Saturday, June 21, 2014

Cameron Smith: Does Alabama already have a better healthcare model than the Medicaid expansion?

  Ever since the U.S. Supreme Court provided states with the opportunity to reject the Affordable Care Act’s (ACA) Medicaid expansion without jeopardizing existing Medicaid funds, the expansion has become a political football.

  Governor Bentley has called the ACA Medicaid expansion “a federal government dependency program for the uninsured.” On the other end of the political spectrum, Democratic gubernatorial candidate Parker Griffith claims that growing Medicaid will generate “30,700 new jobs, [a] $2.1 billion economic boost, plus 500 lives saved every year.”

  If even the most ardent proponent of the Medicaid expansion in Alabama advocates the economic stimulus of the ACA Medicaid expansion ahead of improving healthcare outcomes, the debate over Medicaid has clearly become more about money and politics than helping vulnerable Alabamians.

  For a minute, turn the focus to the Alabamians stuck between Medicaid and being able to afford private health insurance or even subsidized health insurance under the ACA exchange. Providing healthcare access to those Alabamians is the challenge the ACA’s Medicaid expansion is theoretically designed to address.

  So far, supporters of the ACA Medicaid expansion have been able to claim that their opponents either reject the “gap” problem or simply fail to have a better solution. Some GOP governors and state legislators have tried to put a different face on the Medicaid expansion, but most have struggled with developing real alternatives.

  It might come as a surprise that Alabama is home to at least one effective healthcare model specifically designed to serve the “gap” population.

  Last year, Victory Health Partners, a nonprofit based in Mobile, provided medical, dental and vision care to 15,800 patients in their service area. They also administered $4.4 million worth of prescription medications through partnerships with pharmaceutical companies.

  Victory Health boasts an amazing range of services with an average expense for care of a little more than $70 dollars per patient file in 2013. In a political climate largely conceding that heavy government support is necessary to care for the health of low-income families, Victory Health provides their services without government funding.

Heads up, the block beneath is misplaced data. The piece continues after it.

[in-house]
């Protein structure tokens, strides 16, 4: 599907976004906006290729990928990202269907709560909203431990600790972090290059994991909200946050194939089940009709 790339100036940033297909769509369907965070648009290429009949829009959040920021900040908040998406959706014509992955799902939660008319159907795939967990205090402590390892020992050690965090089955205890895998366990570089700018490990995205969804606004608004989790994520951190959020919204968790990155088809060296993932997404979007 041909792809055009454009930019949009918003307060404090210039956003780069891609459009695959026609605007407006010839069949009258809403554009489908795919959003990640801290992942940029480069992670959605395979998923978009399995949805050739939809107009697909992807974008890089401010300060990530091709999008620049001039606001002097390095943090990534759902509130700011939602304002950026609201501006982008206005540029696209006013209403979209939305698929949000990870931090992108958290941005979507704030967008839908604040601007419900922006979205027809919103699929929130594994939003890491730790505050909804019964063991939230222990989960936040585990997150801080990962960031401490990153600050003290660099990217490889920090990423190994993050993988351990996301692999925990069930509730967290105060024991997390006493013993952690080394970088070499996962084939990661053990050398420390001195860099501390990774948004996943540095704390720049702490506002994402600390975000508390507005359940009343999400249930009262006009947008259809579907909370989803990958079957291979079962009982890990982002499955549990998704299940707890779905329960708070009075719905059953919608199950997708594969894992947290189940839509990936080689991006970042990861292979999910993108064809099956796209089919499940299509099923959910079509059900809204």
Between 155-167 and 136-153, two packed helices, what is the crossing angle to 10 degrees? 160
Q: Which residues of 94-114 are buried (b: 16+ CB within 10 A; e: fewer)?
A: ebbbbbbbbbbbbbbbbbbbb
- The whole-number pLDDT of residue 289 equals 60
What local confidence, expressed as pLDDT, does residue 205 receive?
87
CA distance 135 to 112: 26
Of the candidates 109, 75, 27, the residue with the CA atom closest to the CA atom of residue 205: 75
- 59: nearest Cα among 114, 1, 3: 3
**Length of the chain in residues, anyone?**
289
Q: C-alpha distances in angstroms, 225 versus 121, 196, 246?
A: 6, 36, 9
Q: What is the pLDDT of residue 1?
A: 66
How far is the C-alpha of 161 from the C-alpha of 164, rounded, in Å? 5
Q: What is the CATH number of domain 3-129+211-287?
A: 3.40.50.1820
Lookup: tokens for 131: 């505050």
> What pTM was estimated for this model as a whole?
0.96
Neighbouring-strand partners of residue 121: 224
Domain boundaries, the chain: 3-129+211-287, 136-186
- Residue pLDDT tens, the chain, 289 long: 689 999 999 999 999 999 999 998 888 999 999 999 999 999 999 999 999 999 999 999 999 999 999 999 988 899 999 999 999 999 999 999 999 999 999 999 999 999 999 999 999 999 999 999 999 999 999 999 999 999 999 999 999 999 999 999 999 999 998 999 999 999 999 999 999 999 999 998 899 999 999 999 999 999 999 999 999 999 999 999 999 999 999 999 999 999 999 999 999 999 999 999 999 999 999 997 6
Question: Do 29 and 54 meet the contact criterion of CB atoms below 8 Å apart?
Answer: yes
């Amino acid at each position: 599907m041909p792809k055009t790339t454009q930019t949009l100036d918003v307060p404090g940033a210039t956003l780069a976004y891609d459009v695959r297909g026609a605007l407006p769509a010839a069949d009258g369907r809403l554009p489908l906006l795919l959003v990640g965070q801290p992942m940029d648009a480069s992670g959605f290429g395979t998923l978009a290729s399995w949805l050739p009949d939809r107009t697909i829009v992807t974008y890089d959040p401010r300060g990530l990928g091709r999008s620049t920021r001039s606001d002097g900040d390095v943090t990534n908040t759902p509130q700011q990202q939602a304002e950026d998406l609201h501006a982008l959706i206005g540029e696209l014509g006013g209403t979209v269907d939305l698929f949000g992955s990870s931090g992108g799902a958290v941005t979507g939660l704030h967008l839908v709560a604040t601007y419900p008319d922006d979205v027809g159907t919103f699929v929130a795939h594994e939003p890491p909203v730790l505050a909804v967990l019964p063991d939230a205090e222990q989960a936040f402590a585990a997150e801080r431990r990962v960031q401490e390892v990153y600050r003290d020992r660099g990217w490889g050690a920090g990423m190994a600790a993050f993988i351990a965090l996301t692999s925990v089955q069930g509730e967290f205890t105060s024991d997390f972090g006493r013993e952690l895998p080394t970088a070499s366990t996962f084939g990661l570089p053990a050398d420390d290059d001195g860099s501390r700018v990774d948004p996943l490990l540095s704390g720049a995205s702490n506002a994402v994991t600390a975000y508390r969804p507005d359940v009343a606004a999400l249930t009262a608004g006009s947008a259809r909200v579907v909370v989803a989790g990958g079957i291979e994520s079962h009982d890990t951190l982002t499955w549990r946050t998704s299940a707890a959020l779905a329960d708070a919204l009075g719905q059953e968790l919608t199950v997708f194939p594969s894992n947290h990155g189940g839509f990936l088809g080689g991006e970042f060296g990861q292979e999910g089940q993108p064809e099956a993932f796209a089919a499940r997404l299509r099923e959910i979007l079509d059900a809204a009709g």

A brief visit to their offices sheds light on the truly innovative aspects of their healthcare delivery system. They are equipped for dental, vision, and general medicine in the same facility, a unique feature for any healthcare system. For more specialized services, they have a network of over 150 doctors who extend Victory Health’s reach. These specialists care for Victory Health patients for a modest co-pay consistent with those charged by Victory Health.

  Their comprehensive approach to patient care not only improves health outcomes, but it changes lives. Patients are not another number under Medicaid or viewed as second-tier customers by their care providers. Patients own their healthcare, they build relationships with their physicians, and many develop positive healthcare habits conspicuously absent in underserved communities throughout Alabama.

  Given the choice between falling under Medicaid and receiving care at Victory Health, the choice for Victory Health patients is clear. “Your personal healthcare is their number one priority,” said patient Ursula Powell. “The services of Victory Health Partners would be my one and only option.”

  About the author: Cameron Smith writes a regular column for Alabama Media Group. He is vice president and general counsel for the Alabama Policy Institute, an independent, non-profit research and education organization dedicated to the preservation of free markets, limited government and strong families. He may be reached at camerons[at] or on Twitter @DCameronSmith.

  This article was published by the Alabama Policy Institute.

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